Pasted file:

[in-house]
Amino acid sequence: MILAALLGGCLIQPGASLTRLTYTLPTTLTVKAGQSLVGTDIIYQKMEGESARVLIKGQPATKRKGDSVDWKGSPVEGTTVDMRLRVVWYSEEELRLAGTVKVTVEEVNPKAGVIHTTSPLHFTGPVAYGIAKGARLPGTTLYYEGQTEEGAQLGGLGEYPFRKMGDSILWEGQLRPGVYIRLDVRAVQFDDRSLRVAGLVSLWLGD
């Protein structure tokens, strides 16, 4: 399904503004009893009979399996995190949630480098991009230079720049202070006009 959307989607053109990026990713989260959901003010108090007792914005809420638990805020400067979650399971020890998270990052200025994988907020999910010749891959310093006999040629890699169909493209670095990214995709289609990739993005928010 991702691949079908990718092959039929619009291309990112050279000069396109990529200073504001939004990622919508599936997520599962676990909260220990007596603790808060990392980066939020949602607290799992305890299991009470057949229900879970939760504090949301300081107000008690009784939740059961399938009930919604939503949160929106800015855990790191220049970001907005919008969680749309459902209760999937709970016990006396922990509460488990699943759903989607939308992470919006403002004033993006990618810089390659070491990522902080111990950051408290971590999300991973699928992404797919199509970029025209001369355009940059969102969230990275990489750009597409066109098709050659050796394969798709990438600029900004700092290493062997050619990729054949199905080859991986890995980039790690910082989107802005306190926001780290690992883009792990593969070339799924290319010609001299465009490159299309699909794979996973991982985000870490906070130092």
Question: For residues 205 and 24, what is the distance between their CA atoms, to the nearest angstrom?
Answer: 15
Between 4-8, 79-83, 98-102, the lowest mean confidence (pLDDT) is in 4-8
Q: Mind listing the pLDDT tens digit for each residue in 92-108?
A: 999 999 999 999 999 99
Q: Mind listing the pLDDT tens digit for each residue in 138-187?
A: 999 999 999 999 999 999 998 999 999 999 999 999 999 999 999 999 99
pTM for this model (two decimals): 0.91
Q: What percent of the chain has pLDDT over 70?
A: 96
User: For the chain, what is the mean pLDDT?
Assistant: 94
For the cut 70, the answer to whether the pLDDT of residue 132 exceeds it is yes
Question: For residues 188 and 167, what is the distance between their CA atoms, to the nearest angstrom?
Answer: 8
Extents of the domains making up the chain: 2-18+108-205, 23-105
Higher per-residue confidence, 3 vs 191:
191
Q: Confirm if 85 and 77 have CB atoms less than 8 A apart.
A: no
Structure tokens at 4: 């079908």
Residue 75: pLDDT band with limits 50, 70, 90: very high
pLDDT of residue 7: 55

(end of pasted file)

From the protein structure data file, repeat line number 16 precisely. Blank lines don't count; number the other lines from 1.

For the cut 70, the answer to whether the pLDDT of residue 132 exceeds it is yes